Huawei-Nexus-6P-AH-00157

Nexus 6P Factory Reset Protection Bypassed In Latest Video

January 13, 2016 - Written By John Anon

UPDATE: Google reached out to us in regards to this particular vulnerability and have confirmed that the issue of bypassing FRP on Nexus devices (shown in the video below) has been remedied in the latest (January) monthly security update. Therefore, if you are running the latest version (with the security update applied) this should not be an issue for your device. Those interested in reading about the January security update for Nexus devices can do so by clicking here.

Yesterday, a video came through which highlighted an issue with Factory Reset Protection (FRP) on LG devices. To briefly recap, the video maker, Root Junky, showed that by following some relatively simple instructions, anyone can bypass FRP on the LG G4. Although, it was also made clear that this should work for most new LG devices including the like of the LG V10. Of course, this was not the first time we have seen FRP being bypassed on a smartphone, as only a couple of months ago, the same was done by Root Junky for the Galaxy Note 5 by Samsung. As FRP is designed to ensure that once a device is lost or stolen it can no longer be used, the fact that this last ditch protection method seems to have ways to be bypassed, is a little concerning as it does essentially negate the protection.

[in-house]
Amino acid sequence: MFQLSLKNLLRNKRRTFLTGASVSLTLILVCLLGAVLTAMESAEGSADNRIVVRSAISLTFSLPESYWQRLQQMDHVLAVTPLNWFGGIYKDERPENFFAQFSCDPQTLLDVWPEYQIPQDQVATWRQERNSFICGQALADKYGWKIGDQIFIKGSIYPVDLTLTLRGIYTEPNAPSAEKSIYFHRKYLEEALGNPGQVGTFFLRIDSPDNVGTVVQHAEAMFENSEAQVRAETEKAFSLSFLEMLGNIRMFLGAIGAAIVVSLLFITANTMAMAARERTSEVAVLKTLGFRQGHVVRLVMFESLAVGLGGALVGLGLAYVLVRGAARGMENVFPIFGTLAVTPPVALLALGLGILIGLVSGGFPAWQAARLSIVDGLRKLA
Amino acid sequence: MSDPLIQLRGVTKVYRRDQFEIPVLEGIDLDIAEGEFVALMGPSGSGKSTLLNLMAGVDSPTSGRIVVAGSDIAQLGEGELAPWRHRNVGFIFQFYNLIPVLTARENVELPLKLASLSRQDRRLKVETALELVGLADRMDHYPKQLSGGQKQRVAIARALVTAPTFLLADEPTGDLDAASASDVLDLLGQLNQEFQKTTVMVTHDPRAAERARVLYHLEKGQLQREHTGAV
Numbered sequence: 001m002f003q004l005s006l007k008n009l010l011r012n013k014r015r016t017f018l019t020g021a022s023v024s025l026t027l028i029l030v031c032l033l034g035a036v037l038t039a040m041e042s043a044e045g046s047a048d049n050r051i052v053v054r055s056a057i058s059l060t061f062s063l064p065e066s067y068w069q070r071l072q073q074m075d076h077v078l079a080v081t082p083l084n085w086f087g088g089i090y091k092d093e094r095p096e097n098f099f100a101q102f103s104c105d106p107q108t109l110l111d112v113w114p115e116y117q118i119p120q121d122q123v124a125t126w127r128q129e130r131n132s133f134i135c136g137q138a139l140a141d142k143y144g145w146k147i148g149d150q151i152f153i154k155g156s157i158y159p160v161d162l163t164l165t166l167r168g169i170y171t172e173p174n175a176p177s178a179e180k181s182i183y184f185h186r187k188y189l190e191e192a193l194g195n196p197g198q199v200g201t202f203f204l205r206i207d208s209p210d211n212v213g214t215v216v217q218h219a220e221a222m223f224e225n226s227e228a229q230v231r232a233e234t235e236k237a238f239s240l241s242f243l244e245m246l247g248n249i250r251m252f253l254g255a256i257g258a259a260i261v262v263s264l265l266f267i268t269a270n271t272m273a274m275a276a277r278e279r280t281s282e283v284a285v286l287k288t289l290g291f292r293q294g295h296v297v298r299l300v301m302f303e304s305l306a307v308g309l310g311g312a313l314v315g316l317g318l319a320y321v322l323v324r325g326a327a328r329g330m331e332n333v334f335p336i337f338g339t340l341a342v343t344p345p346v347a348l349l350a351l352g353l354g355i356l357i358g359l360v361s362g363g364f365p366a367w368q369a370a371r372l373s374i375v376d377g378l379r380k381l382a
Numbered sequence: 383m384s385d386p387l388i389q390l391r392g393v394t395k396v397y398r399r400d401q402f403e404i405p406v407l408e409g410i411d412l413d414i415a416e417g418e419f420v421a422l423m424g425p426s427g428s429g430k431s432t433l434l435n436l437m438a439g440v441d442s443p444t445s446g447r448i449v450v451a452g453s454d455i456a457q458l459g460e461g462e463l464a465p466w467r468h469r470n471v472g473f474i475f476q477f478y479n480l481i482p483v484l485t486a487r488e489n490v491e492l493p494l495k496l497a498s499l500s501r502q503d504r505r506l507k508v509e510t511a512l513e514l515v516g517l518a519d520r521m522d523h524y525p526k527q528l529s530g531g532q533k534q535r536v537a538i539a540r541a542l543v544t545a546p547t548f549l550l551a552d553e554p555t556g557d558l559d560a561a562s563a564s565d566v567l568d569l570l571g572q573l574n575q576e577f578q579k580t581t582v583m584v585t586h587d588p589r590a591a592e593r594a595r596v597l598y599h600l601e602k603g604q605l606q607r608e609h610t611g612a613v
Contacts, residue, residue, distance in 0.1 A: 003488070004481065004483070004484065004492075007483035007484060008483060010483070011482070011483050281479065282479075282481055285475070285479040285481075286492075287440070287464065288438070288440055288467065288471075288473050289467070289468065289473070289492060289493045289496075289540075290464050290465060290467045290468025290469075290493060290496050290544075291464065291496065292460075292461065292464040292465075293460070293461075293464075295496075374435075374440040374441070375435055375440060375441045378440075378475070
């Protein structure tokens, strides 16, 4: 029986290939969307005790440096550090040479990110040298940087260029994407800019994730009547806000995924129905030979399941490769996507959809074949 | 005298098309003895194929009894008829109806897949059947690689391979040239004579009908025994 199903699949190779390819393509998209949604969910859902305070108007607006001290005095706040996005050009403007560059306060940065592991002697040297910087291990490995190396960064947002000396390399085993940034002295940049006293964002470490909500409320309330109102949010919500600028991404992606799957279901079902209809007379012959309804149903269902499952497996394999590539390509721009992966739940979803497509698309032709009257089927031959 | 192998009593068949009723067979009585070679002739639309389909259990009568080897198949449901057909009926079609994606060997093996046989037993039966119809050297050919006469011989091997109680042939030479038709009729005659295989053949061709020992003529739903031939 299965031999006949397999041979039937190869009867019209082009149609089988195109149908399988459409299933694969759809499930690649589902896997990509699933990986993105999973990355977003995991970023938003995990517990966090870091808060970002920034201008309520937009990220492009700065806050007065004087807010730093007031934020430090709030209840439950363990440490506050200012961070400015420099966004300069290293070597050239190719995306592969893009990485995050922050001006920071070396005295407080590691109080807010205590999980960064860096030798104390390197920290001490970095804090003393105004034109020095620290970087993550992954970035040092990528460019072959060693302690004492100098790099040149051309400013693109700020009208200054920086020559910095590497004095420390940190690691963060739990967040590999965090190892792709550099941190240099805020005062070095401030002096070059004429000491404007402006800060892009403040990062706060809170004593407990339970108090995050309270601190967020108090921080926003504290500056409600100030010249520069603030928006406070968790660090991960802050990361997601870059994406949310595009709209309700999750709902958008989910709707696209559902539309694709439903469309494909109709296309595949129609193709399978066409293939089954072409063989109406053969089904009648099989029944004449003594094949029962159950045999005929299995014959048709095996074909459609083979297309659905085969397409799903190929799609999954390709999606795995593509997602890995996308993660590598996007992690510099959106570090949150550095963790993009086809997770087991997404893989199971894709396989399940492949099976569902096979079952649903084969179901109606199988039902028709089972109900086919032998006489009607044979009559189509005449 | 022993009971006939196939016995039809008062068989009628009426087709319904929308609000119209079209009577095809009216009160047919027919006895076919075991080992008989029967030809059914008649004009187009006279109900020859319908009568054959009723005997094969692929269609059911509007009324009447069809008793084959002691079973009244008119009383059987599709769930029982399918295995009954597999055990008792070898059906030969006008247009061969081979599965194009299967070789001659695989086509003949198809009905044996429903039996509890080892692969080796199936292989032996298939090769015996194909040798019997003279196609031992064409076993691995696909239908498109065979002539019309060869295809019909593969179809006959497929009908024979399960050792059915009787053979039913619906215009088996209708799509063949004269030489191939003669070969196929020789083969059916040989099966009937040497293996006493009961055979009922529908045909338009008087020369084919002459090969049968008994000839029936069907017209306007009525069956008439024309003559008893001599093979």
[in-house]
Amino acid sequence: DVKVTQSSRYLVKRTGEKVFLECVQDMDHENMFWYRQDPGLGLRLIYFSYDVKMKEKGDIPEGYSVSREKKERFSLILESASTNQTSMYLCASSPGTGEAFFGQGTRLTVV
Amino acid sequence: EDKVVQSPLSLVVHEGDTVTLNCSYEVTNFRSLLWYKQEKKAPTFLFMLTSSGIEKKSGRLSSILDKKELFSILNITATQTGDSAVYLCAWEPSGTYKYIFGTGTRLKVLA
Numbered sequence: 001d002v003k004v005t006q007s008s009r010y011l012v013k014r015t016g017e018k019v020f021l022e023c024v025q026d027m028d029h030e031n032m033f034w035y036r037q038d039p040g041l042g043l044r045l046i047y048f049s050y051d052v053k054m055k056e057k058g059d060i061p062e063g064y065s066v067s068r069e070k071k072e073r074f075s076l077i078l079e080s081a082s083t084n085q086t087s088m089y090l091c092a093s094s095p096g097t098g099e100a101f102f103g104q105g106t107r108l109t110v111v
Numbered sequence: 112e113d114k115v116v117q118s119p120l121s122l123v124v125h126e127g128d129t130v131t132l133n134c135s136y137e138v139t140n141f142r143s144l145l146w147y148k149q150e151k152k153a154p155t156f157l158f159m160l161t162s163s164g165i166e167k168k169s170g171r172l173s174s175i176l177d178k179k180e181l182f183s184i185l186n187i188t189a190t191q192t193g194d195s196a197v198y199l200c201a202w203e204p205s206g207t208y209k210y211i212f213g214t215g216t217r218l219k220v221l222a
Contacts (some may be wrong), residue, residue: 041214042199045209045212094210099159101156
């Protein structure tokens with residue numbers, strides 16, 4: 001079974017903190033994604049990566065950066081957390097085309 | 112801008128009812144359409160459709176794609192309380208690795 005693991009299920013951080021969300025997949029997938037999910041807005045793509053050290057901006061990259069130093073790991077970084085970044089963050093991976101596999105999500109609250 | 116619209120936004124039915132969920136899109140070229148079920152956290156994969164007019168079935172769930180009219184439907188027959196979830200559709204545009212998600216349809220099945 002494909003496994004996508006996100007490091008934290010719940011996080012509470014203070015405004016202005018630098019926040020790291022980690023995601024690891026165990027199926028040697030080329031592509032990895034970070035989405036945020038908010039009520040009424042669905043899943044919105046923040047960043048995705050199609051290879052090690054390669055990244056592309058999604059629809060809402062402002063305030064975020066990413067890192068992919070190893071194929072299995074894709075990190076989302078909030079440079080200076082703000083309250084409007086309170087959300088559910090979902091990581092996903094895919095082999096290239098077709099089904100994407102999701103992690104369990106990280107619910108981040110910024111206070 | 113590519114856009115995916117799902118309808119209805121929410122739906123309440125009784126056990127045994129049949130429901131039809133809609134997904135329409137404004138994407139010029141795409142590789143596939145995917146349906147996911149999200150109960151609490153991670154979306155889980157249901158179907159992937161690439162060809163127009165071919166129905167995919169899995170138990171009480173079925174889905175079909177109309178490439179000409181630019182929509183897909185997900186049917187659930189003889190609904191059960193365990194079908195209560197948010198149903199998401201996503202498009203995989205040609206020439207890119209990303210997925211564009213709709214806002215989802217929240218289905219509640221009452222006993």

Well, if you are expecting FRP to be safer (or less able to be bypassed) on the likes of the latest Nexus devices, then you would be wrong. Root Junky has now uploaded a new video today and this one shows how easy it is to bypass FRP on Google’s Nexus 6P. A method that is also claimed to work just as well on the Nexus 5X, Nexus 5 and Nexus 6. In fact, Root Junky makes the point that this method should work on any Android phone which makes use of the stock Google keyboard and other stock Google apps.

The one caveat though is that a SIM card needs to be in the phone to make this FRP bypass workable. That is because the route makes use of creating a dud text message (from the Wi-Fi connect screen), which then allows for a shortcut route back to the phone app. From which, a testing mode can be activated by a dialer code. Once open, the settings menu can be quickly accessed and then of course, a full factory reset can be achieved which will then reset the phone fully, including removing the FRP and allowing the phone to be booted back up and used by anyone. Those interested can check out the video in full and see how it works by hitting play below.